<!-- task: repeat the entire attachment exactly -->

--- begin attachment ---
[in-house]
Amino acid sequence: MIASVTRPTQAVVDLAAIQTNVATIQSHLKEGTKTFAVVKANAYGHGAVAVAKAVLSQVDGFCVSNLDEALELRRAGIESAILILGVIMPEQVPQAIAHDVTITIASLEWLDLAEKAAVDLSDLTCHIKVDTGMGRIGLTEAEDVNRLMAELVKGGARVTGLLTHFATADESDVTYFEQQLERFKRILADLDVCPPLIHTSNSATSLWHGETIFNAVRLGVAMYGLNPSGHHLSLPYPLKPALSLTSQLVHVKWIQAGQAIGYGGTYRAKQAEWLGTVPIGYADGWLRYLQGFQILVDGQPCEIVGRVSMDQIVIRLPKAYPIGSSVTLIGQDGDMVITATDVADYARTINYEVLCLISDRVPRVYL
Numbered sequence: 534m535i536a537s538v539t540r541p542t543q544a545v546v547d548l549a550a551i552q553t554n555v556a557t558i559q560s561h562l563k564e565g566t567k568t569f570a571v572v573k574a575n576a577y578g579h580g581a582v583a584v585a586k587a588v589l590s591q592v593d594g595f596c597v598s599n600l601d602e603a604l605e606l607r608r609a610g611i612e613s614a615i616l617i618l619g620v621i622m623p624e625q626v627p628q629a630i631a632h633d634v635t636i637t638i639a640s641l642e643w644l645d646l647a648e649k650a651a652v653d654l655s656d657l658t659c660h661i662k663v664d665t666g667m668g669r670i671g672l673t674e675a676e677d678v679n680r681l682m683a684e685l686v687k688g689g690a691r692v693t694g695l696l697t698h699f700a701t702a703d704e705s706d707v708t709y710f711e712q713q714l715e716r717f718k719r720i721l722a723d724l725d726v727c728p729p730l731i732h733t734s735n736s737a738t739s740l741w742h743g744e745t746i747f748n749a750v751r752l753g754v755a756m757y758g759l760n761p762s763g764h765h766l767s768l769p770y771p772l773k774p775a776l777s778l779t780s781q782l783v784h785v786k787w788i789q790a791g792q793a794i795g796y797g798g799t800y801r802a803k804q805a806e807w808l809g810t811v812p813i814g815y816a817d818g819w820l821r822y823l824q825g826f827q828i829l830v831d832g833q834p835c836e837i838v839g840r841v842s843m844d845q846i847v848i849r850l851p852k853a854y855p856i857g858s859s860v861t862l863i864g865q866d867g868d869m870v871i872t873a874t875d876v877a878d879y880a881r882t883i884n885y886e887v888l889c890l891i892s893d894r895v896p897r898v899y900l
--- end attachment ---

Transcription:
[in-house]
Amino acid sequence: MIASVTRPTQAVVDLAAIQTNVATIQSHLKEGTKTFAVVKANAYGHGAVAVAKAVLSQVDGFCVSNLDEALELRRAGIESAILILGVIMPEQVPQAIAHDVTITIASLEWLDLAEKAAVDLSDLTCHIKVDTGMGRIGLTEAEDVNRLMAELVKGGARVTGLLTHFATADESDVTYFEQQLERFKRILADLDVCPPLIHTSNSATSLWHGETIFNAVRLGVAMYGLNPSGHHLSLPYPLKPALSLTSQLVHVKWIQAGQAIGYGGTYRAKQAEWLGTVPIGYADGWLRYLQGFQILVDGQPCEIVGRVSMDQIVIRLPKAYPIGSSVTLIGQDGDMVITATDVADYARTINYEVLCLISDRVPRVYL
Numbered sequence: 534m535i536a537s538v539t540r541p542t543q544a545v546v547d548l549a550a551i552q553t554n555v556a557t558i559q560s561h562l563k564e565g566t567k568t569f570a571v572v573k574a575n576a577y578g579h580g581a582v583a584v585a586k587a588v589l590s591q592v593d594g595f596c597v598s599n600l601d602e603a604l605e606l607r608r609a610g611i612e613s614a615i616l617i618l619g620v621i622m623p624e625q626v627p628q629a630i631a632h633d634v635t636i637t638i639a640s641l642e643w644l645d646l647a648e649k650a651a652v653d654l655s656d657l658t659c660h661i662k663v664d665t666g667m668g669r670i671g672l673t674e675a676e677d678v679n680r681l682m683a684e685l686v687k688g689g690a691r692v693t694g695l696l697t698h699f700a701t702a703d704e705s706d707v708t709y710f711e712q713q714l715e716r717f718k719r720i721l722a723d724l725d726v727c728p729p730l731i732h733t734s735n736s737a738t739s740l741w742h743g744e745t746i747f748n749a750v751r752l753g754v755a756m757y758g759l760n761p762s763g764h765h766l767s768l769p770y771p772l773k774p775a776l777s778l779t780s781q782l783v784h785v786k787w788i789q790a791g792q793a794i795g796y797g798g799t800y801r802a803k804q805a806e807w808l809g810t811v812p813i814g815y816a817d818g819w820l821r822y823l824q825g826f827q828i829l830v831d832g833q834p835c836e837i838v839g840r841v842s843m844d845q846i847v848i849r850l851p852k853a854y855p856i857g858s859s860v861t862l863i864g865q866d867g868d869m870v871i872t873a874t875d876v877a878d879y880a881r882t883i884n885y886e887v888l889c890l891i892s893d894r895v896p897r898v899y900l